OUTLANDER -- A SEPTEMBER PROGRAM PRESENTED BY MARTA AND GAIL

Part I

I am a fan of Diana Gabaldon’s books, particularly the Outlander series. Diana J. Gabaldon is an American author, known for the Outlander series of novels. Her books merge multiple genres, featuring elements of historical fiction, romance, mystery, adventure and science fiction/fantasy. The books have been turned into a television series starring Sam Heughan as Jamie Fraser and Caitronia Balfe as Claire Randall Beauchamp Fraser.

Born: January 11, 1952 (age 66 years), Williams, Arizona, United States

Nationality: American

SpouseDoug Watkins

EducationNorthern Arizona University

ChildrenSam SykesLaura GabaldonJenny Gabaldon

Part II

There are 8 main books (each 1000+ pages long) written by Diana Gabaldon (accent on the 1st syllable of last name). She has also written about 10 novellas (the size of normal books) about some of the minor characters in the main books. I've read them all multiple times and am currently rereading them until the 9th main book is supposed to be published this year. The TV show is currently filming its 4th season and won't be available till November. Until then, we fans call this period of time "Droughtlander." The books are historical fiction, romance, time travel, and medicinal, just to name a few genres.

 

1. Time Travel Is Real

You don’t need to believe in dragons or zombies dwelling beyond the wall but if you’re staunchly anti–time travel (do you also hate birthdays and glitter?), you’ll have no fun reading this series. Also, you probably won’t have much fun in life. The entire series is predicated upon the fact that moving between times (SEXY TIMES) is a thing which is indeed possible. Hence Claire Randall falling from the 20th century to the 18th century through a ring of stones just outside Inverness.

 

2. Magic & Science Are Equals

This is, to me, one of the greatest things about the series. Although Claire is a woman of science, she does not rule out the possibility of something existing beyond her scientific reasoning. This also goes for Jamie, her gigantic Scottish paramour. He doesn’t necessarily know what he believes in, but he keeps an open mind. The willingness and guile of the central characters is captivating and feels totally authentic. I wish I could believe I’d stay so calm if I woke up and it was the middle ages. In book terms, I’d probably spend 60 to 80 pages weeping and throwing up and going “no, no, no, no.” That would not make for very compelling reading.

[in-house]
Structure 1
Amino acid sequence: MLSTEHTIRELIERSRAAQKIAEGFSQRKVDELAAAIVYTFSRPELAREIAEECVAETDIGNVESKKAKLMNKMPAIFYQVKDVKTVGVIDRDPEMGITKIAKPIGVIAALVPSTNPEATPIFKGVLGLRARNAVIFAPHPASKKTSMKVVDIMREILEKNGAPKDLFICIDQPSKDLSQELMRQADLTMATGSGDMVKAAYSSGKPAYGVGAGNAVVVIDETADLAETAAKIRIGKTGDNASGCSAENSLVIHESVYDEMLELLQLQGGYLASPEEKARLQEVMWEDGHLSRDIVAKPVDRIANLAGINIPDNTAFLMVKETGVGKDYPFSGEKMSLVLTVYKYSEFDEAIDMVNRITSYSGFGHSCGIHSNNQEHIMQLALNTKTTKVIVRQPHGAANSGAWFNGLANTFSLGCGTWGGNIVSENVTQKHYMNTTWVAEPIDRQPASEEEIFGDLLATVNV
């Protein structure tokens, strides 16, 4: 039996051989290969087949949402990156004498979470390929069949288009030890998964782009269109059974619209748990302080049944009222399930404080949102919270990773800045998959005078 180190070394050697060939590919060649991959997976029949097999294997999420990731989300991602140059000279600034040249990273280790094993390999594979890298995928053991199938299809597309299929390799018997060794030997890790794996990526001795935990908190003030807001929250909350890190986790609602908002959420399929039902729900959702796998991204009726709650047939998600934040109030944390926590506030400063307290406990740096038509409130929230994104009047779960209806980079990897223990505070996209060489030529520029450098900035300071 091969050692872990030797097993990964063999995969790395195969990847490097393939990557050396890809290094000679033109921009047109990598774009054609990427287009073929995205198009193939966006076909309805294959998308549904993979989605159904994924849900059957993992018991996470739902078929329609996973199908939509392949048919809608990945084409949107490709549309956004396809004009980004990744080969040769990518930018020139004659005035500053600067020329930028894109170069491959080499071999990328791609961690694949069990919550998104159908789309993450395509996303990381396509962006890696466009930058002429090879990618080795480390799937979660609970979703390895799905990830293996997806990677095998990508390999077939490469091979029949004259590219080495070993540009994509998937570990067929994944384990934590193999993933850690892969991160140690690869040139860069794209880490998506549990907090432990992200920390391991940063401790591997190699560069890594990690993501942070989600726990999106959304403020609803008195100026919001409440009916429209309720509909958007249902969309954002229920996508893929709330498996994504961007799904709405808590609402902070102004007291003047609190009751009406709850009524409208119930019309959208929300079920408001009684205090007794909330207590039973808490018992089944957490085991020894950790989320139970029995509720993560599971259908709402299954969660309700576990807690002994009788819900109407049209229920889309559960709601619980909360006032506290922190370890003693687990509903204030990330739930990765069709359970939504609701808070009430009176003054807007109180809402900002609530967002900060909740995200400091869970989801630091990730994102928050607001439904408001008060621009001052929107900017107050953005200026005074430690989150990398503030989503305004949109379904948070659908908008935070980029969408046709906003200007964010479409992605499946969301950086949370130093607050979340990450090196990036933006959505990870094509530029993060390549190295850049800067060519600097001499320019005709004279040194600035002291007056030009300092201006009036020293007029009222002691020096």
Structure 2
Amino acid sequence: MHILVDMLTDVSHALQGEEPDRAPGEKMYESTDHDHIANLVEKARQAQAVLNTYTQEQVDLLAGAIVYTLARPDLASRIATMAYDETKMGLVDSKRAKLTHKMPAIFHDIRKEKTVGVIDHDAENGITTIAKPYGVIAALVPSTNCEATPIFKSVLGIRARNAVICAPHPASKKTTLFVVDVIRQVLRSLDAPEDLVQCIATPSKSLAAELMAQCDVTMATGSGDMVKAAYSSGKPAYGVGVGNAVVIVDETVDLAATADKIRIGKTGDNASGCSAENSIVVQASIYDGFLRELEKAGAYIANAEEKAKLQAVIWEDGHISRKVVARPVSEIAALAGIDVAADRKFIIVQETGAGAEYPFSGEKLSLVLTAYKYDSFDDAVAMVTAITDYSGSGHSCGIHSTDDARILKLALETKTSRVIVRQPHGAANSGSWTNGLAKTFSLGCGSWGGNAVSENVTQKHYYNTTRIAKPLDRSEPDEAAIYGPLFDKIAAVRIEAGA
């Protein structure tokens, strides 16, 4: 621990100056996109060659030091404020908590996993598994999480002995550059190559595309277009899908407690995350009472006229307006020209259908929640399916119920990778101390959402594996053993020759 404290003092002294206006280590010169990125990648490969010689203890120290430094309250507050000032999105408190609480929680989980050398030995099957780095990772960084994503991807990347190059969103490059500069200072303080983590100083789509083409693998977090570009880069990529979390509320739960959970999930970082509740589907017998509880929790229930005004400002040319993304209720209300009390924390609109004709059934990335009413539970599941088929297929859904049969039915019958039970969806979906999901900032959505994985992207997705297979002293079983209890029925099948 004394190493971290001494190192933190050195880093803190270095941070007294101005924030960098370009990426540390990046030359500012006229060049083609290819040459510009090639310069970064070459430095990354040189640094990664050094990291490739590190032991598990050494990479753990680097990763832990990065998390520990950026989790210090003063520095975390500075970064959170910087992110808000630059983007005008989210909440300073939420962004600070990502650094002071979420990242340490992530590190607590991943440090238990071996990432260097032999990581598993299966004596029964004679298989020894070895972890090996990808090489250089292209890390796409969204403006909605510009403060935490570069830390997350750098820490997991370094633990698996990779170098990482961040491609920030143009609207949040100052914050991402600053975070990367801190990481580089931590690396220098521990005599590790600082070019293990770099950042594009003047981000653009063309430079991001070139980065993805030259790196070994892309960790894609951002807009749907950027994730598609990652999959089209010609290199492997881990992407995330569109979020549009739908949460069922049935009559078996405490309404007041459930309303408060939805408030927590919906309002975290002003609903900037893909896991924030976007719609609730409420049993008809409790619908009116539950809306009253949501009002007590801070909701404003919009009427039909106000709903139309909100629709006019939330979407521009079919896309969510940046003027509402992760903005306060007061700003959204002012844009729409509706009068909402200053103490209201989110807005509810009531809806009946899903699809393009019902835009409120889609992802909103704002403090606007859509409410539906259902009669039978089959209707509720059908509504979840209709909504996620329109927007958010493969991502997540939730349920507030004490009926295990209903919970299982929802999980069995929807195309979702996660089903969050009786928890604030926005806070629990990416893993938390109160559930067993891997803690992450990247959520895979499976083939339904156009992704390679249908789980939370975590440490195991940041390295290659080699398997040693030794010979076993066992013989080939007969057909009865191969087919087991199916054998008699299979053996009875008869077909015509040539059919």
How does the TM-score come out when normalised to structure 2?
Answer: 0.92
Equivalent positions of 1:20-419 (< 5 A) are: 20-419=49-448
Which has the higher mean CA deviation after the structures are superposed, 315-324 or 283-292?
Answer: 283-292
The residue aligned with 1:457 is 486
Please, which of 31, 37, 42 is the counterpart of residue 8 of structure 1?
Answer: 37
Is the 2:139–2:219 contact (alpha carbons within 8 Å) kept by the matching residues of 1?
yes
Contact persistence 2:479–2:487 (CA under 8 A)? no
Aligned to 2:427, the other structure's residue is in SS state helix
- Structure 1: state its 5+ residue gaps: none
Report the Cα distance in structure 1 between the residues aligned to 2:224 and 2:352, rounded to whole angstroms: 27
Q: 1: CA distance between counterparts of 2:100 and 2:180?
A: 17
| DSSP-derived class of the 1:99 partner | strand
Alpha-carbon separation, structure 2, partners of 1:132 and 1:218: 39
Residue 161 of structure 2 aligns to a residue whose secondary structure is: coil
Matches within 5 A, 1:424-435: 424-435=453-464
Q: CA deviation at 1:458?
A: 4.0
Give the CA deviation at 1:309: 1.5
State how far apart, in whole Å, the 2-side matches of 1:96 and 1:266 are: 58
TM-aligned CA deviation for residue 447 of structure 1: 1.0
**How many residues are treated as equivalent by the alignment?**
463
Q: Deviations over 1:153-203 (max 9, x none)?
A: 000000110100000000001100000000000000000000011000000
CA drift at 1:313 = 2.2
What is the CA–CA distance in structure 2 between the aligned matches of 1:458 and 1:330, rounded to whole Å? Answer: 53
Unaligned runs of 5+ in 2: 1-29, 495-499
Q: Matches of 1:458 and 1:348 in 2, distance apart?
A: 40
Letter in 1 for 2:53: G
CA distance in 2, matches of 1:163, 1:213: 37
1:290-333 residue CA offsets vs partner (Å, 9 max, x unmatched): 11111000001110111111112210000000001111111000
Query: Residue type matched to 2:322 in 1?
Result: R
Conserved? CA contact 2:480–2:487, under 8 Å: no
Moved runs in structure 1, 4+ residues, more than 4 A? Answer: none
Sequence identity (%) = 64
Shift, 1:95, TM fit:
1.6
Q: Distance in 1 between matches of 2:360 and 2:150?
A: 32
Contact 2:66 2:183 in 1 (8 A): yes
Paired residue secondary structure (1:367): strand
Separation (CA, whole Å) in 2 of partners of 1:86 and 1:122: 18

3. Know Your Clans

Not since Braveheart has something stirred the Scot in me so! The Scottish clans Claire interacts with (especially in book one) put every single mafia movie to shame. Banish all thoughts of dudes in kilts being charming and hurling around small trees (though, I mean, that’s part of it). The schemes, betrayals, and intrigue put Robert the Bruce to shame.

 

4. Love Is Complicated

Is there space in a person’s heart for two people? That’s a question that’s pretty central to the series, at least insofar as our protagonist Claire’s story goes. Don’t be fooled by others into thinking you’re diving headfirst into a consequence-free lovefest across the heath. Claire’s story is much more complex than that. Watching as she navigates her feelings for her first husband, Frank, and her feelings for her second husband, Jamie, is absolutely riveting and at times, heartrending. Also there is much lovin’ across the heath, but WHATEVER, it’s great.

 

5. The Jacobites Do Not Play

Even if you go into this saga knowing nothing about political climates in England, France, and Scotland in the 18th century, you will come away, if not an expert, than at least insanely curious. I maybe finished the second book and bought an excellent book about Bonnie Prince Charlie. There is zero shame in that game, y’all.

 

6. Girl Power

The best thing about a thoroughly modern woman traveling back in time are all the opportunities she gets to be like, “WOMEN ARE THE GREATEST,” and Claire does this often. She has no time for fools or misogyny. Granted, this occasionally means people try to kill her and maybe some folks think she’s a witch, but that comes with the territory. That said, in the first book there is some disturbing Jamie-punishing-Claire-via-spanking stuff that happens.

 

7. Gingers Rule

Oh sure, people might argue the idea of male redheads as sex symbols, but Jamie Fraser? Jamie Fraser steps on your petty tress-based prejudices. He laughs at them, auburn locks shimmering in the sunlight. He is tough, strong, sexy, goofy, and basically the king of all that is hot and awesome. I’ll admit a bias here, but Frank and his “delicate hairless hands” never stood a chance.

 

8. Genres Are Overrated

People will try to tell you these books are romance novels. They are wrong. People will try to tell you they are fantasy novels. They are also wrong. In fact, no matter what anyone tries to tell you these books are—science-fiction, historical fiction, thrillers—they are wrong. The best thing about the Outlander series is its ability to bust through the strictures of genre. There is quite literally something for everyone in this series.